Dictionary of National Biography, 1901 supplement/Kay, Edward Ebenezer
KAY, Sir EDWARD EBENEZER (1822–1897), judge, fourth son of Robert Kay of Brookshaw, Bury, Lancashire, by Hannah, daughter of James Phillips of Birmingham [cf. Kay-Shuttleworth, Sir James; and Kay, Joseph, was born on 2 July 1822. He was educated at Trinity College, Cambridge, where he graduated B.A. in 1844, and proceeded M.A. in 1847. He was admitted on 22 April 1844 student at Lincoln's Inn, where he was called to the bar on 8 June 1847, and elected bencher on 11 Jan. 1867, and treasurer in 1888. Like Lord Blackburn and some other eminent judges, it was in the capacity of a reporter that Kay learned his law (see infra), and it was but slowly that by dint rather of industry and perseverance than brilliance he acquired one of the largest practices ever possessed by a stuff-gownsman. He took silk in 1866, and after enjoying a prolonged lead in Vice-chancellor Bacon's court, confined his practice to the House of Lords and privy council (1878). On the retirement of Vice-chancellor Malins in 1881, Kay was appointed (30 March) justice of the high court (chancery division) and knighted (2 May). He proved a strong judge, a sworn foe to lucrative abuses and dilatory proceedings, and as competent on circuit as in chambers. On 10 Nov. 1890 he succeeded Sir Henry Cotton [q.v. Suppl.] as lord-justice of appeal. His tenure of this office was abridged by a painful disorder which, after frequently laying him aside, compelled his retirement at the commencement of Hilary term 1897 not, however, before he had given proof of unusual independence of mind.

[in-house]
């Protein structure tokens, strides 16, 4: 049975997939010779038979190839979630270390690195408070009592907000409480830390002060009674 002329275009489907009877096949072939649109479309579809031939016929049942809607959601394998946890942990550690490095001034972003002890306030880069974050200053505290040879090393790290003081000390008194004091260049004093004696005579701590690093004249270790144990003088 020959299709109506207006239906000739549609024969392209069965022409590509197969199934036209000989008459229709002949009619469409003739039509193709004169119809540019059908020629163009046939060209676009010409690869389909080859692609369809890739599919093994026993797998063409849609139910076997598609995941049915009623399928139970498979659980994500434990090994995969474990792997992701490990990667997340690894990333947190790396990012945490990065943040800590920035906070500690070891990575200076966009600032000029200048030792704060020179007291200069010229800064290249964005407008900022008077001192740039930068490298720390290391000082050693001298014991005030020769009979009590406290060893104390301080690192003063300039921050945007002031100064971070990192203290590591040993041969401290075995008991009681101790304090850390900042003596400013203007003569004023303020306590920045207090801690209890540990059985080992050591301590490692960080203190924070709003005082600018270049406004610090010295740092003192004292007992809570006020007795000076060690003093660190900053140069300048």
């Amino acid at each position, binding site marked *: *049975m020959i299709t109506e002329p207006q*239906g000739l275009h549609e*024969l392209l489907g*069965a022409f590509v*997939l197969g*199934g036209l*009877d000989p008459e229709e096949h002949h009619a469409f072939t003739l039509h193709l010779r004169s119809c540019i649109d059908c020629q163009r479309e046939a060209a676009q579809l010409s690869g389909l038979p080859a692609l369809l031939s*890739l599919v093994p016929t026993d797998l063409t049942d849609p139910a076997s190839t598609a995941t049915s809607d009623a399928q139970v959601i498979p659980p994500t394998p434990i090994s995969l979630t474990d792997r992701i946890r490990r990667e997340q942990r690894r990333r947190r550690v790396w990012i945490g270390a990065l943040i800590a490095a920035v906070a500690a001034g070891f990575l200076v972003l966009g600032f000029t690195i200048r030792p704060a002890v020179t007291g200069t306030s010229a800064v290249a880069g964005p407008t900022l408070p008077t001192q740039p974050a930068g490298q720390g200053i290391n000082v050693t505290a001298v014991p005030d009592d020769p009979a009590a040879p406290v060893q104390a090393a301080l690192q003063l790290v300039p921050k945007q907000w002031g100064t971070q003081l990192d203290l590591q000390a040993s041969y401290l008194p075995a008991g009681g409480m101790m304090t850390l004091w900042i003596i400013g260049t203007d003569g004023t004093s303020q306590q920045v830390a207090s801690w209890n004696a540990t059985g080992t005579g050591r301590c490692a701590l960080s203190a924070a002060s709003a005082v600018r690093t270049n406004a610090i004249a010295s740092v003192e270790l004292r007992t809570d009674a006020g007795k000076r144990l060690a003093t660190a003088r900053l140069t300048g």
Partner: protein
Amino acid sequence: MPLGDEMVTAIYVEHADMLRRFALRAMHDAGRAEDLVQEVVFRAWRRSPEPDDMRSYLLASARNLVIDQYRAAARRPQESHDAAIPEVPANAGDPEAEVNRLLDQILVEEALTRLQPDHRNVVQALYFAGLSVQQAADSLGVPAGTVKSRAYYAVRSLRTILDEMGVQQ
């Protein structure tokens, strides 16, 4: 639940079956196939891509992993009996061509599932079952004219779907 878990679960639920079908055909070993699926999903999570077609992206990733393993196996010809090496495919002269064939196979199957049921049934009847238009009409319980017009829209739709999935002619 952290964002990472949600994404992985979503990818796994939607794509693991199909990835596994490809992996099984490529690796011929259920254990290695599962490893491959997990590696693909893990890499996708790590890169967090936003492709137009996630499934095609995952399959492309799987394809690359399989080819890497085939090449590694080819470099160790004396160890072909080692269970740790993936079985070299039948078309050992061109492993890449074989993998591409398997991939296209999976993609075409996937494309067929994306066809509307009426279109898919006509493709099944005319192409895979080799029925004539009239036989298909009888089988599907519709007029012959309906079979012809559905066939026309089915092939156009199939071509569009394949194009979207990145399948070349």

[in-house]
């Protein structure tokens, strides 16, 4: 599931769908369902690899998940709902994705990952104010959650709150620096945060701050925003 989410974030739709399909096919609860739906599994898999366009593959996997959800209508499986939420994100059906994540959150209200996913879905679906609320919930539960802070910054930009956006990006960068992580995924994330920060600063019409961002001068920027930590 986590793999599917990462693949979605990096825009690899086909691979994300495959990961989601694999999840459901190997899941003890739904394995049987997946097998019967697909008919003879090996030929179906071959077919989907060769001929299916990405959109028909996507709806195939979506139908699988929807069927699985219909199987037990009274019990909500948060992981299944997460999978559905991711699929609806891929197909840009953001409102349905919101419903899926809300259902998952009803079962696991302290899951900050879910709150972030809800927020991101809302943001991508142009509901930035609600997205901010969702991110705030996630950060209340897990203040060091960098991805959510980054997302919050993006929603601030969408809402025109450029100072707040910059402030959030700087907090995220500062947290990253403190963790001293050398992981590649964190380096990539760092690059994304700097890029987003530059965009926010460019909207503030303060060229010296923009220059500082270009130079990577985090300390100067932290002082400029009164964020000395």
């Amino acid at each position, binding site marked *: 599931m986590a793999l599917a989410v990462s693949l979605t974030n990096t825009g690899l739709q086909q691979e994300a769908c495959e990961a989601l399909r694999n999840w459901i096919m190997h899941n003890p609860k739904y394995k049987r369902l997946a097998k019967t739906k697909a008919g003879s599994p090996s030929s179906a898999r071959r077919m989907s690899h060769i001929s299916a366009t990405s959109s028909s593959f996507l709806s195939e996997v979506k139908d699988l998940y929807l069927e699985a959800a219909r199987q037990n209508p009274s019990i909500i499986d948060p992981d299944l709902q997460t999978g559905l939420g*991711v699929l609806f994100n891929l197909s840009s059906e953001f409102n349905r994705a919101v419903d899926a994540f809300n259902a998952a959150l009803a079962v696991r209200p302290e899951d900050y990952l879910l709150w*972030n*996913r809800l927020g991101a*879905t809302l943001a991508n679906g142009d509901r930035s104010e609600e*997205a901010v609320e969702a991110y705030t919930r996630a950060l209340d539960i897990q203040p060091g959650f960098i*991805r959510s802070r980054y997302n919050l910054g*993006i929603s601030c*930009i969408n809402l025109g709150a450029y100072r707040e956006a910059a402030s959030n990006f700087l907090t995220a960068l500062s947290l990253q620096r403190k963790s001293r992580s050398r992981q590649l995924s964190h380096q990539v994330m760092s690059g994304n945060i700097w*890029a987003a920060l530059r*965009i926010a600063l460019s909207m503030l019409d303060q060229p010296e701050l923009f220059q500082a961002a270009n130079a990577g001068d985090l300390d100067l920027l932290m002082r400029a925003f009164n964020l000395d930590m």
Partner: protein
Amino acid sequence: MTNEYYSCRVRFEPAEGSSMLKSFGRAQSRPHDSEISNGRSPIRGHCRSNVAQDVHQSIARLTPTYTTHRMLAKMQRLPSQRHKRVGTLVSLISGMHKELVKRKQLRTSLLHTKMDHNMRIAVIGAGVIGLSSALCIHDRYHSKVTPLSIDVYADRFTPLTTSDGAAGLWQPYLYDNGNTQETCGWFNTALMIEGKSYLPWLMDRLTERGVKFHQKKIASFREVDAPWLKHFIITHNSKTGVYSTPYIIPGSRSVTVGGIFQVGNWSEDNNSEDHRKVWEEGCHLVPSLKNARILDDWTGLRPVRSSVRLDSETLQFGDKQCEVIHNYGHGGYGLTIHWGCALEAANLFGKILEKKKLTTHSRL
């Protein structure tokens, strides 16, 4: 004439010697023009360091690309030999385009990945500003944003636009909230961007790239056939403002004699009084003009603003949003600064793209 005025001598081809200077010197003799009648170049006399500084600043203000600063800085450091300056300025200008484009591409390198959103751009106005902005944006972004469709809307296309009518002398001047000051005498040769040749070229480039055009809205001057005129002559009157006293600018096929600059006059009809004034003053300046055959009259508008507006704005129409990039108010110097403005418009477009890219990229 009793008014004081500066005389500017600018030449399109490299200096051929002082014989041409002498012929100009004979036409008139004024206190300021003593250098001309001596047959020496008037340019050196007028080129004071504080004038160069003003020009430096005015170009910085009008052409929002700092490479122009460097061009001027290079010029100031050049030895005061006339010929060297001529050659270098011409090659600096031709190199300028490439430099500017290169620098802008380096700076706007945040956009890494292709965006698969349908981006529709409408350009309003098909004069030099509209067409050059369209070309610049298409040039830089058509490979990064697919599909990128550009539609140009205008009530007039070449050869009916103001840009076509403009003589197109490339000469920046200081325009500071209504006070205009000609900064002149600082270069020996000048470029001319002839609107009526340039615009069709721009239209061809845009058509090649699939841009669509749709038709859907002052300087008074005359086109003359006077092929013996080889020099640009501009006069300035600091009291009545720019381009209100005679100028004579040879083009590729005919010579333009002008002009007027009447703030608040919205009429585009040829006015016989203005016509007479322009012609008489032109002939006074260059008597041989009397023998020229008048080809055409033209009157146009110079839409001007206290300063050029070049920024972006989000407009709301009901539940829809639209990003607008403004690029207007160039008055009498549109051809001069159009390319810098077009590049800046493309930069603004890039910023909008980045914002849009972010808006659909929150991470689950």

He died at his town house, 37 Hyde Park Gardens, on 16 March 1897. His remains were interred (23 March) in the churchyard at Brockdish, near Scole, Norfolk, in which parish his seat, Thorpe Abbotts, was situate. He married, on 2 April 1850, Mary Valence (d. 1889), youngest daughter of Dr. William French, master (1820-49) of Jesus College, Cambridge, by whom he left issue two daughters. In her memory Kay founded several divinity scholarships at Jesus College.
Kay was author of 'Reports of Cases adjudged in the High Court of Chancery before Sir William Page Wood, Knight, Vice-chancellor, 1853-4,' London, 1854, 8vo, continued in conjunction with Henry P. Vaughan Johnson to the close of the year 1858; in all 5 volumes, 8vo.
[Grad. Cant.; Foster's Men at the Bar; Lincoln's Inn Adm. Reg.; Law List, 1848, 1867, 1868; Times, 17 March 1897; Law Journ. 20 and 27 March 1897; Ann. Reg. 1897, ii. 145; Vanity Fair, 28 Aug. 1886, 7 Jan. 1888; Whitehall Rev. 27 March 1897; Men and Women of the Time, 1895; Burke's Peerage, 1896; Law Reports, Appeal Cases, 1891, Memoranda.]